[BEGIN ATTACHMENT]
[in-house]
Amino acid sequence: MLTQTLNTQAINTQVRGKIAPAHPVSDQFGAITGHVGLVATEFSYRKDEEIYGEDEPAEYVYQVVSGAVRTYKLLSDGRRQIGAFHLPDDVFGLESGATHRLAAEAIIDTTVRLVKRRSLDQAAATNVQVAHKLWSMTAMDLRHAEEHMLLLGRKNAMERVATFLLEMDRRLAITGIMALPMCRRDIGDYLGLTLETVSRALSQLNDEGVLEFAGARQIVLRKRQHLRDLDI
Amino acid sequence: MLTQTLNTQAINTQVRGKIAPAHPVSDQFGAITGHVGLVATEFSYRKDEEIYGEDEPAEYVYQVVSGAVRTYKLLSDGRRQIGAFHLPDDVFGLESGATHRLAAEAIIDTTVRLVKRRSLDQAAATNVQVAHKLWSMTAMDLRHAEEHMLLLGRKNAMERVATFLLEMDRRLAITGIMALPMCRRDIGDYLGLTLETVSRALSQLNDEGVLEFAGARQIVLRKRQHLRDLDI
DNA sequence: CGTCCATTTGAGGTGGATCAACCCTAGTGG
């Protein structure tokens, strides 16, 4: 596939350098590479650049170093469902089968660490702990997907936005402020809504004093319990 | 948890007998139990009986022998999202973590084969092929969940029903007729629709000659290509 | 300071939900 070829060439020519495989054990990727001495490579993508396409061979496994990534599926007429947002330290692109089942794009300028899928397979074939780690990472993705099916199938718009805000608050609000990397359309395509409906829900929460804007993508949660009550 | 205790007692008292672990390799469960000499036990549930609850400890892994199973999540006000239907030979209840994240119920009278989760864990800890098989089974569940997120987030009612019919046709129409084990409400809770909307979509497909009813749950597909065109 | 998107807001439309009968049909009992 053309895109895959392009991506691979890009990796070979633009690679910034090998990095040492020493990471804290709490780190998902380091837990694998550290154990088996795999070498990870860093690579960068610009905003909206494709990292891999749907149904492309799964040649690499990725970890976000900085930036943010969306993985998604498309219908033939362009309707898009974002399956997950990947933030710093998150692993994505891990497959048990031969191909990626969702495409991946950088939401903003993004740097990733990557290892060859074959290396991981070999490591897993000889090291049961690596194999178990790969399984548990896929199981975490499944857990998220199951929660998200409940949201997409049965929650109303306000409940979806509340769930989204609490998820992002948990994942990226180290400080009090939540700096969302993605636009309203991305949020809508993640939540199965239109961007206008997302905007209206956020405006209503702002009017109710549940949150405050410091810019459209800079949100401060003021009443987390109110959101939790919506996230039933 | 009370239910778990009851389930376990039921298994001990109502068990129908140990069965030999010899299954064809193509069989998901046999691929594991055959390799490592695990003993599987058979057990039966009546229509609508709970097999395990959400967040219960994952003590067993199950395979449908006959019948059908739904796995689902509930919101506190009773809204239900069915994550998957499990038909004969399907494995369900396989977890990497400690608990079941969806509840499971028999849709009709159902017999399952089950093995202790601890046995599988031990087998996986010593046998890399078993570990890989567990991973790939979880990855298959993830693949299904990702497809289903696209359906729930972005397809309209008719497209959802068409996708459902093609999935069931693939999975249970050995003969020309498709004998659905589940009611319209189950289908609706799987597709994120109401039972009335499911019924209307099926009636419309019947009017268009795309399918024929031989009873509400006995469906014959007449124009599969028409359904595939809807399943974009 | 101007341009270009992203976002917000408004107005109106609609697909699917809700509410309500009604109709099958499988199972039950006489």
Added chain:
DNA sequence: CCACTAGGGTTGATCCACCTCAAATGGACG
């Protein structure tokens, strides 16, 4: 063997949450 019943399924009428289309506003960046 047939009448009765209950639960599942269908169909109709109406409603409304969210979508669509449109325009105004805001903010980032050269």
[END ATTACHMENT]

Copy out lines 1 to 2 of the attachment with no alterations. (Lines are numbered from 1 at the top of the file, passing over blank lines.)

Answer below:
[in-house]
Amino acid sequence: MLTQTLNTQAINTQVRGKIAPAHPVSDQFGAITGHVGLVATEFSYRKDEEIYGEDEPAEYVYQVVSGAVRTYKLLSDGRRQIGAFHLPDDVFGLESGATHRLAAEAIIDTTVRLVKRRSLDQAAATNVQVAHKLWSMTAMDLRHAEEHMLLLGRKNAMERVATFLLEMDRRLAITGIMALPMCRRDIGDYLGLTLETVSRALSQLNDEGVLEFAGARQIVLRKRQHLRDLDI